As calendars throughout the United States turn the page into Summer, an ambitious new coffee shop called June Coffee has sprouted up in Birmingham, Alabama.
The coffee shop is a natural offshoot of the roasting company by the same name founded by Alabama native Jimmy Truong approximately three years ago.
“The reception has been great,” Truong told Daily Coffee News of the new retail digs. “For the last few weekends we’ve sold out of milk, all of our syrups. Yesterday we almost sold out of coffee. It’s been kind of incredible.”
In a welcoming space just shy of 1,000 square feet with tall windows, June Coffee emphasizes the concept terroir through a custom bar that features bricks made from red clay. The cafe also highlights the building’s past life as a woodworking shop, incorporating repurposed wood for interior wall cladding and other elements.
“Everything’s local,” said Truong, who worked with Birmingham-based Locke General Contractors on the interior design and buildout. “I wanted to create a fun, approachable and inviting, warm space with people.”
The January of Truong’s coffee career, as it were, occurred through the Birmingham location of former Atlanta outfit Octane Coffee. Truong then relocated to Portland, Oregon, and worked for Good Coffee, before ultimately coming back to Birmingham to be near family.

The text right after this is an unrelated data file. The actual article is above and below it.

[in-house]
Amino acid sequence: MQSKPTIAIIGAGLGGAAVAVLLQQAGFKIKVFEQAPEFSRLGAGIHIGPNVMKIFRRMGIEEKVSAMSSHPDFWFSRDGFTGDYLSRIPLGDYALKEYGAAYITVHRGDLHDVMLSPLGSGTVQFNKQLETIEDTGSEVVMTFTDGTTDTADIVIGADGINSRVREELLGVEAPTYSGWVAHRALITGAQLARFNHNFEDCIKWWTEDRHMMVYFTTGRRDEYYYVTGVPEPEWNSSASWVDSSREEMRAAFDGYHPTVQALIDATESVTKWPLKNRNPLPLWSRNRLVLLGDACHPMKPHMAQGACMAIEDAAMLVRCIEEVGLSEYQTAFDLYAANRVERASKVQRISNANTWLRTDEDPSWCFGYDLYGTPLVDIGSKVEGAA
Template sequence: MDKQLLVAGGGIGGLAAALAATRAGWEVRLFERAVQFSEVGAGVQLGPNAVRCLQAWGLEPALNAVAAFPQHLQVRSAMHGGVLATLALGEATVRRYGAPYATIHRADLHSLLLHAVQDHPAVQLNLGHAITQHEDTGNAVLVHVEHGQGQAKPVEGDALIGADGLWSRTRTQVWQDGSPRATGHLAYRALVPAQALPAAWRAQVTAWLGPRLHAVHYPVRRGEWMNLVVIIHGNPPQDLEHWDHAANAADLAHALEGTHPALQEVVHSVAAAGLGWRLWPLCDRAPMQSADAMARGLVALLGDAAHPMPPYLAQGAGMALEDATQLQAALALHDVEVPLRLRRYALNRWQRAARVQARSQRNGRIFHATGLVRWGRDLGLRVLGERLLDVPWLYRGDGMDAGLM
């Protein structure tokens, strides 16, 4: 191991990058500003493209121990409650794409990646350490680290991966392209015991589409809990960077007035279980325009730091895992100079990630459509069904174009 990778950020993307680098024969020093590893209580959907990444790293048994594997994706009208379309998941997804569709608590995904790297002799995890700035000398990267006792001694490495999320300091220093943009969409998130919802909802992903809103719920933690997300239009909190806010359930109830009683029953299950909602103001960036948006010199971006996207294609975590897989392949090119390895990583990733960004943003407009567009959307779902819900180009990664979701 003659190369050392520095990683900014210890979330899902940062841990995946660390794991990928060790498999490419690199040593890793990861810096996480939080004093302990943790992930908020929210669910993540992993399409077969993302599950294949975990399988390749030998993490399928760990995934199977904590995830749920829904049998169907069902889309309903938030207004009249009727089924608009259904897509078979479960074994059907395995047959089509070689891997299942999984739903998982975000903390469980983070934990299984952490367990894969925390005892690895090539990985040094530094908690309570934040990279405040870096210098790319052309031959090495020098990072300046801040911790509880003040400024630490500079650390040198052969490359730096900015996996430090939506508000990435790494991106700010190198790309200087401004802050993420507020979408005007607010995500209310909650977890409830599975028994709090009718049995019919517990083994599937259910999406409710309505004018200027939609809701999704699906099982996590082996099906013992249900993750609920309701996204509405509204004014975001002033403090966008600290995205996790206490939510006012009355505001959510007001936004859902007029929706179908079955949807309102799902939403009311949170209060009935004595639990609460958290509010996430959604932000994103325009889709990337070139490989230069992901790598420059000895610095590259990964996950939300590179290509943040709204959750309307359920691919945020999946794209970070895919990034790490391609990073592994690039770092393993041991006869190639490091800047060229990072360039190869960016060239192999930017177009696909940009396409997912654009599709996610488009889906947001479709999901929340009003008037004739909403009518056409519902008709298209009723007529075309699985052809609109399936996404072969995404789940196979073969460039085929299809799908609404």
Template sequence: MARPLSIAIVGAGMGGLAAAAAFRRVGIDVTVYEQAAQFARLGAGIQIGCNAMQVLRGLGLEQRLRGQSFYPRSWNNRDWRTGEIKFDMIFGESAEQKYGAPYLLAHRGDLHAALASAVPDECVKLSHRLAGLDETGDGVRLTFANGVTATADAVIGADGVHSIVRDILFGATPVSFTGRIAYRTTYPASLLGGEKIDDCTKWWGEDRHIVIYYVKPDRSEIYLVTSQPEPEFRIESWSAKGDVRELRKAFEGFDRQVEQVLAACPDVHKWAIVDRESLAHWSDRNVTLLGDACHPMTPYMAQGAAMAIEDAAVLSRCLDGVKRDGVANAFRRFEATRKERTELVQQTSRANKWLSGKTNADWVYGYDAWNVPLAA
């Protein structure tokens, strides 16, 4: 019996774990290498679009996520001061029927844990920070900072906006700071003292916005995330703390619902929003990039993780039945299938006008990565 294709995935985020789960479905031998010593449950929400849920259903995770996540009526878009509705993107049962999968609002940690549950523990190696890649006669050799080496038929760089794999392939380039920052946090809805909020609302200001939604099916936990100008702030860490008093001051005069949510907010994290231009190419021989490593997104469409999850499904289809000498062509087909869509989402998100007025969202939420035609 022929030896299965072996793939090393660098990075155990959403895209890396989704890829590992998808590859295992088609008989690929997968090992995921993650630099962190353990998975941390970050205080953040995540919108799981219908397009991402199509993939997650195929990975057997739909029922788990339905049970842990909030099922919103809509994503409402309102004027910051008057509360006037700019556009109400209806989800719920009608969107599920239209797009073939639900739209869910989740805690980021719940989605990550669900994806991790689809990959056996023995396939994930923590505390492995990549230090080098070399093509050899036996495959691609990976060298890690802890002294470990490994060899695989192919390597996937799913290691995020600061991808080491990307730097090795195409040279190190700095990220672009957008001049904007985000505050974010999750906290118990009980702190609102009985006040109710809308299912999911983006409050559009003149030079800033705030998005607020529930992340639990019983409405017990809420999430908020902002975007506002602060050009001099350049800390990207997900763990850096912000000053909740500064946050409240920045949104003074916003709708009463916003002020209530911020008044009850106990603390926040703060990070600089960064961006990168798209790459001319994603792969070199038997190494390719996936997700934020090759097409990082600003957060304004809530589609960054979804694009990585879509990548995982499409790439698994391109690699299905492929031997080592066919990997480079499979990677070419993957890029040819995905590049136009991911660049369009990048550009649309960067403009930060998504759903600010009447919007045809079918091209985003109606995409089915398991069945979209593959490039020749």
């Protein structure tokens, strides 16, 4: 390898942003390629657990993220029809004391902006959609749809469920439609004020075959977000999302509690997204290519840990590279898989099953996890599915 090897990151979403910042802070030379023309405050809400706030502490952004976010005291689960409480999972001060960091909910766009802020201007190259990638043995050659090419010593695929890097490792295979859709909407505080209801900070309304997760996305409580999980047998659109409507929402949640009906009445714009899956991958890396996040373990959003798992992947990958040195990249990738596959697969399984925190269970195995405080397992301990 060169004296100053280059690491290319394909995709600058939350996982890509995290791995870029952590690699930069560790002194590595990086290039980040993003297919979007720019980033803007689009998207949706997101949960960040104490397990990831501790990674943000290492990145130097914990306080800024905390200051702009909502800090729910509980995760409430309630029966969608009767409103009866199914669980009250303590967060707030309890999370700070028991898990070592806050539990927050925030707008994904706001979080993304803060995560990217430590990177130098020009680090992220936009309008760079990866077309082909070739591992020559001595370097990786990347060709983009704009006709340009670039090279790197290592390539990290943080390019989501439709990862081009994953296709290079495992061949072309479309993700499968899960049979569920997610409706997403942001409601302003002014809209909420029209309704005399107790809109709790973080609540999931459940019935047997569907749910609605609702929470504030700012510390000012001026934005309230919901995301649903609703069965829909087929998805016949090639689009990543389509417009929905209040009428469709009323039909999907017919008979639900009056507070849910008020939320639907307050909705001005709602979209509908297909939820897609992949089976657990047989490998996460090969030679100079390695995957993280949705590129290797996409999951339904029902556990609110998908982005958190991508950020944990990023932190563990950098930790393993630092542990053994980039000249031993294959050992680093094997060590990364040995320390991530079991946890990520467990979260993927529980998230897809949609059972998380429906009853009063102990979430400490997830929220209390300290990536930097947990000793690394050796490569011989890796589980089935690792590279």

Holding positions such as barista, bartender, line cook, and more in the food and beverage industry, Truong eventually saved enough to launch the roasting venture. In January 2021, Truong turned to Kickstarter to help fund the buildout of the cafe, raising more than $11,000 from backers.
An Octane Coffee logo can still be seen on the side of the Fetco batch brewer that June Coffee purchased from the previous owners. A heavily modified 3-group La Marzocco Linea Classic espresso machine — featuring Shureshot timers and independent, pressure-adjustable pumps for each group — also came from Octane.
With green coffee sourced through importers including Genuine Origin and Balzac Brothers, roasting continues to occur on the 3-kilo US Roaster Corp machine in a 600-square-foot warehouse space in nearby Clay, Alabama, Truong’s hometown.
“I’m going through about 120 pounds a week, which is a lot for that small size roaster, but the thing is like a Honda Accord,” said Truong. “I haven’t had much problem with it at all and it’s 10 years old. Those things last forever.”
Construction is currently underway on a new 2,000-square-foot June Coffee production roastery in Birmingham’s Avondale neighborhood, where a Diedrich IR-12 machine is scheduled to arrive later this summer.
“Ideally I would relinquish a little bit of control over the retail storefront,” Truong said. “I’ll still pull some shifts of course, but I would love to focus on roasting, distributing, and expanding our wholesale and retail operations.”
June Coffee held a grand opening celebration at the coffee shop last week.
Howard Bryman is the associate editor of Daily Coffee News by Roast Magazine. He is based in Portland, Oregon.